But the challenge is how wide to broaden the scope of an ontology beyond that of the immediate application. If the ontology developed for an application is too narrowly scoped, it risks having to be redone when the application environment evolves, even in ways that could have been anticipated. This is the same challenge faced by those who want to develop “reusable” software or software services that are flexible enough to support uses and users other than those who are currently demanding such services (i.e., those specifying the application requirements). A key issue here is that requirements specifiers/sponsors rarely look at requirements from a dynamic, evolutionary perspective. And, of course, there has to be a business model supporting a broader scope for software/services and ontologies than the immediate application at hand. Otherwise it makes perfect sense to build an ontology just for the immediate requirements and no more, even if that risks major rework at some later date. Having said that, I believe taking a more dynamic, evolutionary perspective on requirements even in such narrow situations allows one to explore and uncover areas where the ontology could usefully broaden its scope without incurring significant additional development and test costs. Put differently, if you start out with a broader perspective, but then focus on implementing a narrower scope the end result will typically be better than if you use the reverse sequence.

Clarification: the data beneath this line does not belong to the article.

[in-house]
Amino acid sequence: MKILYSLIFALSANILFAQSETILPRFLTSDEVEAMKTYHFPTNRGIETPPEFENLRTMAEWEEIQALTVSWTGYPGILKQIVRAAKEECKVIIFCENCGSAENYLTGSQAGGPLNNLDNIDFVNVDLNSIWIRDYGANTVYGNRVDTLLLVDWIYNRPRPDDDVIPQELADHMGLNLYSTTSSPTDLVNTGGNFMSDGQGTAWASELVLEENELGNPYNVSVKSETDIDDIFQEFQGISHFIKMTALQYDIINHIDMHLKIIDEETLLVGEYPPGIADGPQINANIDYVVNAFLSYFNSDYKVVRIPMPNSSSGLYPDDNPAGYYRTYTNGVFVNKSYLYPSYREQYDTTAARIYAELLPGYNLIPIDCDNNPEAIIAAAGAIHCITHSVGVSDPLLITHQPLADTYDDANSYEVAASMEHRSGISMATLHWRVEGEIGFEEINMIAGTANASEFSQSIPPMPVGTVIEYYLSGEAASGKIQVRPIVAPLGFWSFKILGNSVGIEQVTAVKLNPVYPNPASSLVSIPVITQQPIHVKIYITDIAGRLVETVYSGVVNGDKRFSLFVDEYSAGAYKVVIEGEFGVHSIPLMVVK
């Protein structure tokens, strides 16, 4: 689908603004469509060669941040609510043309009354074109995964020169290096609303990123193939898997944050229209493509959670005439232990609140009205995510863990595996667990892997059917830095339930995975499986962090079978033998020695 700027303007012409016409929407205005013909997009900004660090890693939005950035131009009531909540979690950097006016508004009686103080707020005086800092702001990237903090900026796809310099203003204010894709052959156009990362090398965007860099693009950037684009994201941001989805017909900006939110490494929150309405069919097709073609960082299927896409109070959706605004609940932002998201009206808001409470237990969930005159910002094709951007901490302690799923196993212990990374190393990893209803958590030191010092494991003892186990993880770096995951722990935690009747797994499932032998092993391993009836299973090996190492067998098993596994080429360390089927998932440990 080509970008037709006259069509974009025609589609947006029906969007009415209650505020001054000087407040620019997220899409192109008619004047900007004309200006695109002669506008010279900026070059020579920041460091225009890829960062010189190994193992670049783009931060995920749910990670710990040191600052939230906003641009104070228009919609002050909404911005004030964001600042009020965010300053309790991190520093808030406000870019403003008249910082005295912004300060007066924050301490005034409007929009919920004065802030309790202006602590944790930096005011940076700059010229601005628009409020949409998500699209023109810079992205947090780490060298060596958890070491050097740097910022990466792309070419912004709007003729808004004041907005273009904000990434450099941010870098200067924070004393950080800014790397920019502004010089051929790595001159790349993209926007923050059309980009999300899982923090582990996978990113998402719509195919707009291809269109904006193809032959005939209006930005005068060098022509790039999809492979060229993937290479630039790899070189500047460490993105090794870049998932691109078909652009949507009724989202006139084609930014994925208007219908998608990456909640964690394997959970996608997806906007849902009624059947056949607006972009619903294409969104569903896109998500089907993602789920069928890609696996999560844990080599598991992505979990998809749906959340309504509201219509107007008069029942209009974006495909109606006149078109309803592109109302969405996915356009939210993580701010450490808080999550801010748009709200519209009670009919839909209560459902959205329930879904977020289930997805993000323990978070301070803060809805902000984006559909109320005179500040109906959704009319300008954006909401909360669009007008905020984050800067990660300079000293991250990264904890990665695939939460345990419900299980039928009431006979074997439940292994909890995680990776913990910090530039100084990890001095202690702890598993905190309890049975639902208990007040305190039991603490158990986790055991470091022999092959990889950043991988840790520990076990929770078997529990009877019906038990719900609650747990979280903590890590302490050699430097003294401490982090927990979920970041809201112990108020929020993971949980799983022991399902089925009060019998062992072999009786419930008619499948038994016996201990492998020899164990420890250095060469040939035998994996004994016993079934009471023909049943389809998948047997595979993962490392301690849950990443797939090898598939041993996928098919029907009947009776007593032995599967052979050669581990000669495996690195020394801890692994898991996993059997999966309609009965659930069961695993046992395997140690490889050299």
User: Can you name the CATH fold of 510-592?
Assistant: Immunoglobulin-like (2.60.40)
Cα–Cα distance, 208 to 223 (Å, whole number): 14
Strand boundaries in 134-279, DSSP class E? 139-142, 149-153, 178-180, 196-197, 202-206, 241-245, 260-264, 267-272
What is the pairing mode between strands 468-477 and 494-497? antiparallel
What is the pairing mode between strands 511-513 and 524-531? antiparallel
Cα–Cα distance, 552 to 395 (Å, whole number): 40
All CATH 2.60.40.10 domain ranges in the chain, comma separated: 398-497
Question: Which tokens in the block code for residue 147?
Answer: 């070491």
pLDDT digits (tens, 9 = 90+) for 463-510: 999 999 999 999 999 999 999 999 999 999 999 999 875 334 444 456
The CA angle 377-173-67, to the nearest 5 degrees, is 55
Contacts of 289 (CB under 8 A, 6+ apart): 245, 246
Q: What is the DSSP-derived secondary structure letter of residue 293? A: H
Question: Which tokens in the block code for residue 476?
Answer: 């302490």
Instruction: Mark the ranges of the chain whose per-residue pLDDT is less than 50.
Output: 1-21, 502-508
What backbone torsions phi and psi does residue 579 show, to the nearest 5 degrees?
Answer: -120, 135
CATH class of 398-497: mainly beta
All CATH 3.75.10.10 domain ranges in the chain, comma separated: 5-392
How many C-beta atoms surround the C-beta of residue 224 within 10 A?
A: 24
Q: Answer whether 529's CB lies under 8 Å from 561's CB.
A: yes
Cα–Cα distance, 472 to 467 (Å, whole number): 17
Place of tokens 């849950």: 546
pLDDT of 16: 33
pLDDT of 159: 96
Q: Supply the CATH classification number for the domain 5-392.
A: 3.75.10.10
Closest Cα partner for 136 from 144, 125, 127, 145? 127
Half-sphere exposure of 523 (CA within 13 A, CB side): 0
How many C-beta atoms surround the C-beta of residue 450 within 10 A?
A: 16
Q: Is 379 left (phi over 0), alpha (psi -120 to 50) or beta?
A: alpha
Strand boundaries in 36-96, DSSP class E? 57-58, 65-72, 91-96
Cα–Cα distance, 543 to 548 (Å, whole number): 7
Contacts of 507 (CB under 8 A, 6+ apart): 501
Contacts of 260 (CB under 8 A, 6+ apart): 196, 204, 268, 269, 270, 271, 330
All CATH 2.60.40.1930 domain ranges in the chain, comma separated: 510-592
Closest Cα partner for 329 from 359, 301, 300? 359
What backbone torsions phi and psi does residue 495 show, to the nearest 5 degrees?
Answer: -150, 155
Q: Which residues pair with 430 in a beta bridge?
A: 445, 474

From: ontology-summit-bounces@xxxxxxxxxxxxxxxx [mailto:ontology-summit-bounces@xxxxxxxxxxxxxxxx] On Behalf Of Obrst, Leo J.
Sent: Tuesday, December 18, 2012 5:56 PM
To: Ontology Summit 2013 discussion; Pavithra
Subject: Re: [ontology-summit] Scope of ontology: Issues:
Nearly every ontology development project I have been involved in since 1995 has been for specific uses and applications. Yes, you may bring in DOLCE, BFO, SUMO, Cyc, etc., and existing mid-level or domain ontologies, but it is always to address a problem, which means an application or multiple applications. We are tightly wedded to application, not just research, and even if it is research, it is focused on an application problem.
And, yes I've seen RFP's asking for ontologies or their development
for specific uses, but this is still rare.